Documentary

SXSW ’17: Miao Wang tackles distorted perceptions in “Maineland”

There are some topics that can’t be done justice through a single film. For director Miao Wang, a look at the changing sociocultural environment of contemporary China needed to be ...
March 13, 2017

There are some topics that can’t be done justice through a single film. For director Miao Wang, a look at the changing sociocultural environment of contemporary China needed to be done in three.

Mainleland is part two of a trilogy of films from Wang. It premiered on March 11 at the South by Southwest Conference and Festival in Austin, Texas.

Filmed over three years in China and the U.S., Maineland follows two teenagers of China’s wealthy elite as they settle into a boarding school in blue-collar rural Maine. Stella, a bubbly, fun-loving teen, and quieter, more introspective Harry, come to America seeking a Western-style education and the promise of a Hollywood-style school experience.

But as the American dream slowly gain more clarity, worlds collide as their relationship to home and country takes on a surprisingly poignant new aspect.

The film is executive produced by Jia-Huai Wang and Jin-Huan Liu, while producer credits go to Miao Wang, Violet Du Feng, Robert Chang, Damon G. Smith.

Wang first began the project back in 2011, when Fryeburg Academy — one of the oldest private schools in the U.S. — invited her to screen her first feature doc, Beijing Taxi, on their campus. The school has an international student body of 160, of which one-third or more are Chinese.

Wang noticed large groups of Chinese students gathered around tables in the cafeteria, and she became fascinated by how these students were arriving in Maine. Her doc explores how more and more schools in America are faced with an increasingly large body of Chinese students, and questions the expectations that Chinese families and students have about America.

“I think there’s a lot of discussion that can come out of this film and a lot of questions about what the lasting impact of this educational system from China,” says Wang.

Following the two Chinese teens as they tried to assimilate into U.S. culture wasn’t uncharted territory for Wang. She herself grew up in Beijing and at age 13 immigrated to the U.S. with her parents.

“It was really alienating and difficult,” says Wang. “But I was with my parents at the time, so I think it’s even harder for these kids who are sent alone for school. They’re just thrown into this new school environment and have to integrate themselves.”

When it came to the challenges behind creating the film, Wang says one of the biggest obstacles proved to be one of the most stereotypical: following the social lives of the teens.

“Stella always had a circle of people around her, and her group of friends was always rotating,” explains Wang. “She was constantly surrounded, and sometimes her friends would want to be on camera, and sometimes they wouldn’t. Sometimes they’d want to go out, and sometimes they’d just stay in. It was definitely a challenge.”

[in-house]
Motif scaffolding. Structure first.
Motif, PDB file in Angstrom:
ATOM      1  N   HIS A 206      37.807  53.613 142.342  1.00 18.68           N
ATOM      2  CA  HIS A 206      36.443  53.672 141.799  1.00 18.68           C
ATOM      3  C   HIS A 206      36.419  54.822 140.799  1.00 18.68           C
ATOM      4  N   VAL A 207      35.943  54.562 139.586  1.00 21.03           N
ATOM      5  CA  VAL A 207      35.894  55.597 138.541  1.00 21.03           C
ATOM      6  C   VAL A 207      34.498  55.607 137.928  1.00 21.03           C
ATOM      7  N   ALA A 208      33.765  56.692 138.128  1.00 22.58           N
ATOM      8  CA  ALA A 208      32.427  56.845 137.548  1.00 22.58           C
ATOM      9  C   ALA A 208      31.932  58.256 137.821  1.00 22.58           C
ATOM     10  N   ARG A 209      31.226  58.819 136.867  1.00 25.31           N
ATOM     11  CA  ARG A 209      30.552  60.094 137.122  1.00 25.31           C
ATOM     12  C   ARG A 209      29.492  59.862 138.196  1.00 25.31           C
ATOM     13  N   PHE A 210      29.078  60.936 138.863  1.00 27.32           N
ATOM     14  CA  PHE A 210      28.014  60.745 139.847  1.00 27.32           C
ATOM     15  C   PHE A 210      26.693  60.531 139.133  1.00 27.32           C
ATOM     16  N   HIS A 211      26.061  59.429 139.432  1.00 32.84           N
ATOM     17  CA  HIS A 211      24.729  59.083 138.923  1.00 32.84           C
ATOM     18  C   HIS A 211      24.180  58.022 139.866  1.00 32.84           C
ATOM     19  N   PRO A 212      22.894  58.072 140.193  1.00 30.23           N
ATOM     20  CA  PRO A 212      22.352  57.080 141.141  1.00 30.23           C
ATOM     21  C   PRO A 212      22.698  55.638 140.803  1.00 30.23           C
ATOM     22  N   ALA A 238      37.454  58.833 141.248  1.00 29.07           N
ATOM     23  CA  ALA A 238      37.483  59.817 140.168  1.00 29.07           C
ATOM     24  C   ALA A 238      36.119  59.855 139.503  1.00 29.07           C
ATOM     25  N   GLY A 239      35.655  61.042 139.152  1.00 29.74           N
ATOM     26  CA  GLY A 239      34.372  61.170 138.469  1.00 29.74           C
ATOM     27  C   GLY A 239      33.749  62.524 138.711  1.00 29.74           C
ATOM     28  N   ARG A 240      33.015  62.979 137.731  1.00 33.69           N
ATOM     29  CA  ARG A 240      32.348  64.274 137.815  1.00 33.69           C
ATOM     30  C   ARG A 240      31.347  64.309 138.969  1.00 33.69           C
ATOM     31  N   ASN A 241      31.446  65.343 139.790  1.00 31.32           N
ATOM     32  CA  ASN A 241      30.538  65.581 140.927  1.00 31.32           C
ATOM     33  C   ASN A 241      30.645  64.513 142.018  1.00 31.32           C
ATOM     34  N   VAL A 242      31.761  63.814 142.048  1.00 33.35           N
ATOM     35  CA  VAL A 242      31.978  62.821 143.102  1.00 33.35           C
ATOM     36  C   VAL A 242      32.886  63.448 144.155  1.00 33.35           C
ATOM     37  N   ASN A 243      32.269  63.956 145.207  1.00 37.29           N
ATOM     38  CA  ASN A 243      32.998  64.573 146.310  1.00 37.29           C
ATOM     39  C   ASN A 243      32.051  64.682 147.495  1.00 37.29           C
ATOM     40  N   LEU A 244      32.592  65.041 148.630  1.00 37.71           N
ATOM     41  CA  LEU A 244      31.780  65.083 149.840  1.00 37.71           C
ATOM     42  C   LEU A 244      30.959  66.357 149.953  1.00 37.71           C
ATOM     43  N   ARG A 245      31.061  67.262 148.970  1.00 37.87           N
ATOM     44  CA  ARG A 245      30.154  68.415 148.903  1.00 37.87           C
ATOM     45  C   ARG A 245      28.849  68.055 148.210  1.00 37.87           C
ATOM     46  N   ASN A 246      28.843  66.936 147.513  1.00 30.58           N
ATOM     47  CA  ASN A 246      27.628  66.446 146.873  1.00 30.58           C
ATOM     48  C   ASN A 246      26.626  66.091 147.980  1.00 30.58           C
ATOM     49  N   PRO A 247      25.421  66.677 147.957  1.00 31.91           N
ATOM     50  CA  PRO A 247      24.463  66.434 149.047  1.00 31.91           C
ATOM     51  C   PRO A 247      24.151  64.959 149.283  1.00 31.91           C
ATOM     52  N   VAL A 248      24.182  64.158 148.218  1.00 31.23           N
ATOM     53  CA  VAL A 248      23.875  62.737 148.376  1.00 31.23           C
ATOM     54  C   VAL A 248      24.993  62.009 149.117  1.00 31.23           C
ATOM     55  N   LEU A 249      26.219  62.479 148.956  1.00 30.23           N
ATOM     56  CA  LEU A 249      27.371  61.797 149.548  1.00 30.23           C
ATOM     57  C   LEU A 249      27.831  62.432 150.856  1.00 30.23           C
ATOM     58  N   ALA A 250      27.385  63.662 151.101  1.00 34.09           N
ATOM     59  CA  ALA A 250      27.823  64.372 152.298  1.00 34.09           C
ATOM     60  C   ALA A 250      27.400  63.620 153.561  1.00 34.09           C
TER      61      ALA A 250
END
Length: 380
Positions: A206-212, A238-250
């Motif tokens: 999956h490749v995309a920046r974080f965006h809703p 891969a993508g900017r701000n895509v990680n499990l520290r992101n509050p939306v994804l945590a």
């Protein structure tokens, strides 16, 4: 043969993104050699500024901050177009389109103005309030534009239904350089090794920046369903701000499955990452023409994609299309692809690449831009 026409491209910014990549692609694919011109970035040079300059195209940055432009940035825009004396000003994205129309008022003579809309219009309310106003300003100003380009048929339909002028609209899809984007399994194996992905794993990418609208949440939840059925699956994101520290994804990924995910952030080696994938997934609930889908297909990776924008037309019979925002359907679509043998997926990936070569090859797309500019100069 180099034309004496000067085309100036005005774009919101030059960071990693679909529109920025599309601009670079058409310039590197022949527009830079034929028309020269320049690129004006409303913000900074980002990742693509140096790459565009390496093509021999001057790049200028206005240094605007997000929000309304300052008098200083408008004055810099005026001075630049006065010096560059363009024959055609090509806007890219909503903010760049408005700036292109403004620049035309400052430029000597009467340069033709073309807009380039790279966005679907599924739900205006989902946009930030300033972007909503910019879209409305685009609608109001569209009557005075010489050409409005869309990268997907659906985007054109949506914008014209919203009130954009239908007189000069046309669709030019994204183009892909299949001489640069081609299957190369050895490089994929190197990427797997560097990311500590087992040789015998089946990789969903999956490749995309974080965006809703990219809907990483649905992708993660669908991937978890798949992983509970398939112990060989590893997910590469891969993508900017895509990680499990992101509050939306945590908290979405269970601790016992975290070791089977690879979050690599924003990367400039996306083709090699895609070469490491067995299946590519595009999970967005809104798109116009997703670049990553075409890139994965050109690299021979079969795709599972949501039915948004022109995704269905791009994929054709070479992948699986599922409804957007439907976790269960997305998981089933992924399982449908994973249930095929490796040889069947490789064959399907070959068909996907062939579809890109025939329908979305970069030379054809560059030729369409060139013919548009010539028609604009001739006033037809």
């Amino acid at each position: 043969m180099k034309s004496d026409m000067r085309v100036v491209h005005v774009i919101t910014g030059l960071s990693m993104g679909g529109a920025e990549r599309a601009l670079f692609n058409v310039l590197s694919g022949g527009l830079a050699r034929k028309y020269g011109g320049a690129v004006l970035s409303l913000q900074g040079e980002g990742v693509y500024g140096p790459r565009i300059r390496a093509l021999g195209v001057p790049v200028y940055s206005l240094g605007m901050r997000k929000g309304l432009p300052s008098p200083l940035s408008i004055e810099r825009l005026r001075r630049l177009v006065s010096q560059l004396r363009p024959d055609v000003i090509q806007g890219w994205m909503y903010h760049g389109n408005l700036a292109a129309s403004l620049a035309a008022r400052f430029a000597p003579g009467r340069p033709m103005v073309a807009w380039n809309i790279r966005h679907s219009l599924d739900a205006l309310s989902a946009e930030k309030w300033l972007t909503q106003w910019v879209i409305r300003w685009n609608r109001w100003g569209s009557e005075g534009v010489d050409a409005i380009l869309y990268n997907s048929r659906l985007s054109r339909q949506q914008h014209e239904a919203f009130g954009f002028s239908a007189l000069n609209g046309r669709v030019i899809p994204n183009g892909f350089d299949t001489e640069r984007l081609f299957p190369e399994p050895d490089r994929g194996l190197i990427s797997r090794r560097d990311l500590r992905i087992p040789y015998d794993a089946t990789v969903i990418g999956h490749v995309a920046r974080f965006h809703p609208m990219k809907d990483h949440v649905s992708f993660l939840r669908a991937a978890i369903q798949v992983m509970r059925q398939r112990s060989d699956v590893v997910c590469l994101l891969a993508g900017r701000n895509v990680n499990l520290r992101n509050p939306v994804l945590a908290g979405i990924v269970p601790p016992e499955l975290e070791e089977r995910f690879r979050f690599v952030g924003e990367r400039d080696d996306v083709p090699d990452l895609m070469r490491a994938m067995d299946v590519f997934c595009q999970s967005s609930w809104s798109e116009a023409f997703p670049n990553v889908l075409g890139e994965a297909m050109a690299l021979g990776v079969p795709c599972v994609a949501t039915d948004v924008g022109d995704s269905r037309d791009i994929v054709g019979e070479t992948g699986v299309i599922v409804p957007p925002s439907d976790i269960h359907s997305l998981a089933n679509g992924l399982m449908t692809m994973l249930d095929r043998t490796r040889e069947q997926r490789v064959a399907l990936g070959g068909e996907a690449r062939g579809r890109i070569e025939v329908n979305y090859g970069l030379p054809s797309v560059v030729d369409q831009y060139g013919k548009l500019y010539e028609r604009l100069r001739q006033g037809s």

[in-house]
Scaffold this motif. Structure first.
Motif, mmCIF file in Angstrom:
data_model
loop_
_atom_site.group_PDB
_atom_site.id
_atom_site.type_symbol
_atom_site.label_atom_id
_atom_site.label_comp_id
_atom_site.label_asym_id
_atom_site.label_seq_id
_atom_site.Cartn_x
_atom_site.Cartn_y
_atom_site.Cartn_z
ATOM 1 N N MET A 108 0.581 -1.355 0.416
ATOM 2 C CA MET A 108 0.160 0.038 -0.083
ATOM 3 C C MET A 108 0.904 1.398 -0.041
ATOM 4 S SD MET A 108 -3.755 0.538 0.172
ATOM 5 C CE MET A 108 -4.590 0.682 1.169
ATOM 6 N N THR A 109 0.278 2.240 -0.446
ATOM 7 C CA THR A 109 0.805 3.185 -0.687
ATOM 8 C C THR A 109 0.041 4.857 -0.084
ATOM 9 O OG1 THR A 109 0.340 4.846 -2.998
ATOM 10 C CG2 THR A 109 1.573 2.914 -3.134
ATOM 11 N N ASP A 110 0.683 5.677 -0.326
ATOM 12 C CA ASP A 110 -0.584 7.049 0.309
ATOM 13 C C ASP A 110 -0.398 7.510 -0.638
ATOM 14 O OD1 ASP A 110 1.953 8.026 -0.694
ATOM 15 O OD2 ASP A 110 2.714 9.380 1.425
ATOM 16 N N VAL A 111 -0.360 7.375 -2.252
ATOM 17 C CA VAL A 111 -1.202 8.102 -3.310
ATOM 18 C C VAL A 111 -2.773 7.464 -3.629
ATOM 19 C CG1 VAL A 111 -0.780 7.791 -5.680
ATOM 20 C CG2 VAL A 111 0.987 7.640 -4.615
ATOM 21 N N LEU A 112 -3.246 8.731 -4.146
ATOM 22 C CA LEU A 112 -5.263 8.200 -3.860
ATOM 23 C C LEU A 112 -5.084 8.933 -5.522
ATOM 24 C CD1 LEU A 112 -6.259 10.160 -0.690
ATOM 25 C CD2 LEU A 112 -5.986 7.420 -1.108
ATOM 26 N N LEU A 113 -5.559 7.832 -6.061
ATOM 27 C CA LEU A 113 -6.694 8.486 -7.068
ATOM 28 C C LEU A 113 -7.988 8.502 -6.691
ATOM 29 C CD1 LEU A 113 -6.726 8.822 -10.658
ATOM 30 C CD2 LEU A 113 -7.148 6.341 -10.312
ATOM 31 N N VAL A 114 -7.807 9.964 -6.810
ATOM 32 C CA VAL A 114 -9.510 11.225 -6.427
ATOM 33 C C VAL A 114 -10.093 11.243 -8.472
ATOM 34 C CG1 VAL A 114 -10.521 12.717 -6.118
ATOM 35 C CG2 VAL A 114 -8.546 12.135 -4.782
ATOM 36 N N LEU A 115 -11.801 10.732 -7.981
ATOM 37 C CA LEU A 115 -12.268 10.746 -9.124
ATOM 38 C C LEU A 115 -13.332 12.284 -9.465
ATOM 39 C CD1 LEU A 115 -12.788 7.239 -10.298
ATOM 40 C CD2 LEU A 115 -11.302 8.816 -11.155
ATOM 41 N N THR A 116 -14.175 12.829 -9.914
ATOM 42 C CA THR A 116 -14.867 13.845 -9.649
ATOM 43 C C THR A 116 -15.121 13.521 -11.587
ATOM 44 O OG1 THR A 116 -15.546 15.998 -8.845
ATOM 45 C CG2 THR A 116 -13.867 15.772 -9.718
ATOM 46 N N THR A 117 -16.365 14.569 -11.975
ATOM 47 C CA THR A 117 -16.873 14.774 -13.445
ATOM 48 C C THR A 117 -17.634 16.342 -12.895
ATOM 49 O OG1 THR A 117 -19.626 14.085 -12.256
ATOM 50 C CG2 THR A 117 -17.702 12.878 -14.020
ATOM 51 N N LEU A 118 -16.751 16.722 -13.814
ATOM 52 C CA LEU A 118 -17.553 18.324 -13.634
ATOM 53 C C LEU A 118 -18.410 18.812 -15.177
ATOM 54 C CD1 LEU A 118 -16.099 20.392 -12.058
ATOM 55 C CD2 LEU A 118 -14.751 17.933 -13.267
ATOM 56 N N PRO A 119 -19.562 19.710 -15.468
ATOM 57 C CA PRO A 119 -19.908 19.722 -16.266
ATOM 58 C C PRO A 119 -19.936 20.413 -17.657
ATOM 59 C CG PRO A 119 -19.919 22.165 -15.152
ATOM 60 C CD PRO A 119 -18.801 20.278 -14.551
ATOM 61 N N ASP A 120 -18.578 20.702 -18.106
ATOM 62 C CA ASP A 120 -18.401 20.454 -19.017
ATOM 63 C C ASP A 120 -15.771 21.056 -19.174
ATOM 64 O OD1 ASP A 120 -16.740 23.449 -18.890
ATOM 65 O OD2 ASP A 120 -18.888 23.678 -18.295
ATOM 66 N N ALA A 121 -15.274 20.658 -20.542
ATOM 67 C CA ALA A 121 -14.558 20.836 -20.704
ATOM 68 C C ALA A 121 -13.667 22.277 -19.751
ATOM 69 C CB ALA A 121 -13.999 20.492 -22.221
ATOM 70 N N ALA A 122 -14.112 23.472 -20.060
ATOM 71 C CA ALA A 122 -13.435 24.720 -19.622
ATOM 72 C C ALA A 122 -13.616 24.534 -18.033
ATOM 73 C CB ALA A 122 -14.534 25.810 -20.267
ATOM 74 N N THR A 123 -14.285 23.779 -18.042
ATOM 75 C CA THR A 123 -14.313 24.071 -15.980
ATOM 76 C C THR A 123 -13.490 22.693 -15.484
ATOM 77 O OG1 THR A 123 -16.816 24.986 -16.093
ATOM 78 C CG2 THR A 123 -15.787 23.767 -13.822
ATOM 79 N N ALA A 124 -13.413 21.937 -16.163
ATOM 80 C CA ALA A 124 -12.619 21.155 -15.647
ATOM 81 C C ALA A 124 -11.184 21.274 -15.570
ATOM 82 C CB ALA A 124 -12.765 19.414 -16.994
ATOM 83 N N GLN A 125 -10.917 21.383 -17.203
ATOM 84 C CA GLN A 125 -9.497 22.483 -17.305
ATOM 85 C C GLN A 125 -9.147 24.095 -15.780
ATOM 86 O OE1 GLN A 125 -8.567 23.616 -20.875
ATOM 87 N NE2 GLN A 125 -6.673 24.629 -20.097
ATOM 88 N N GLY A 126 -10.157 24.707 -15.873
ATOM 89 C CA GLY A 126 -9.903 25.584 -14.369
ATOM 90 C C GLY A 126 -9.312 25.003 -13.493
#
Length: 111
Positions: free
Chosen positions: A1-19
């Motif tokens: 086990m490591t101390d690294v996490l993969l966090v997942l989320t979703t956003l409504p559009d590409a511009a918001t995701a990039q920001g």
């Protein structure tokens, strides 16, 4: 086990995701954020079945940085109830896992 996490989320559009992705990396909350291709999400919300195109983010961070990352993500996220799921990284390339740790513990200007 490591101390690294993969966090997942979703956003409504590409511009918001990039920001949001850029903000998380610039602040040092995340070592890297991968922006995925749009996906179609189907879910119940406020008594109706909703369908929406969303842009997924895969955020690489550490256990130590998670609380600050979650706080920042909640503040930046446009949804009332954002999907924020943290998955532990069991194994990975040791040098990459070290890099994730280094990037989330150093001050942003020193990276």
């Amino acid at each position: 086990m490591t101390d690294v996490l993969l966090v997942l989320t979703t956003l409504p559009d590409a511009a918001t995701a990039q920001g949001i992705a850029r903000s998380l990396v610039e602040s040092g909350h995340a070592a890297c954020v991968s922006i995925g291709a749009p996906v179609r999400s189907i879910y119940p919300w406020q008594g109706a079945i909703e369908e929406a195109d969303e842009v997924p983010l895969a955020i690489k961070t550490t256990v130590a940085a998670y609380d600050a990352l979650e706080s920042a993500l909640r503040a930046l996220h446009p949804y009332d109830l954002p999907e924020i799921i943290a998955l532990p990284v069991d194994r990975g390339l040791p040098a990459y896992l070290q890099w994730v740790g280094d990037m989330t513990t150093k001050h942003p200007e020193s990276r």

With the two teens’ experiences being the focal point of the doc, the theme of perspective became important to both the story and shooting choices. Many of the interviews are filmed over the shoulder, often when the students are speaking to someone — the admissions officer, the teacher or the parents, for example — to accentuate perceptions and point of view.

“A lot of the movie is about perceptions, and blurry impressions, and I wanted that to come through,” explains Wang. “We played around with that concept throughout the film, so you’ll notice that the doc begins with a lot of blurring, and gradually becomes clearer as the students gain a bit more insight and perspective.”

Wang also made different filming choices when it came to juxtaposing the bustling cityscapes of fast-developing China with the quiet, small-town landscapes of Maine. While the crowded streets of the Chinese cities have a more handheld and gritty feel, Maine’s shooting style was more static and expansive.

Maineland‘s premiere at SXSW isn’t Wang’s first experience with the festival. She premiered her first feature doc, Beijing Taxi, which followed three cab drivers in Beijing, at SXSW in 2010. The film was screened at over 50 festivals with a U.S. theatrical release, broadcast on PBS, and distributed by Sundance Artist Services. She’s hoping to see similar success with this film.

Wang plans for the third film in the trilogy to tackle China’s sexual revolution, also exploring how China is looking to the West as an influence.

“Even though these films are about specific places and times, with specific contexts, I hope they’ll be timeless,” Wang says. “I like to think of these films as time capsules of a specific period in China and its interaction with the Western world.”

Maineland screened during SXSW on March 11 and March 12. It will be screened again on March 15. Visit the festival’s website for complete screening info.

About The Author
Barry Walsh is editor and content director for realscreen, and has served as editor of the publication since 2009. With a career in entertainment media that spans two decades, prior to realscreen, he held the associate editor post for now defunct sister publication Boards, which focused on the advertising and commercial production industries. Before Boards, he served as editor of Canadian Music Network, a weekly music industry trade, and as music editor for HMV.com. As content director, he also oversees the development of content for the brand's market-leading events, the Realscreen Summit and Realscreen West, as well as new content initiatives.

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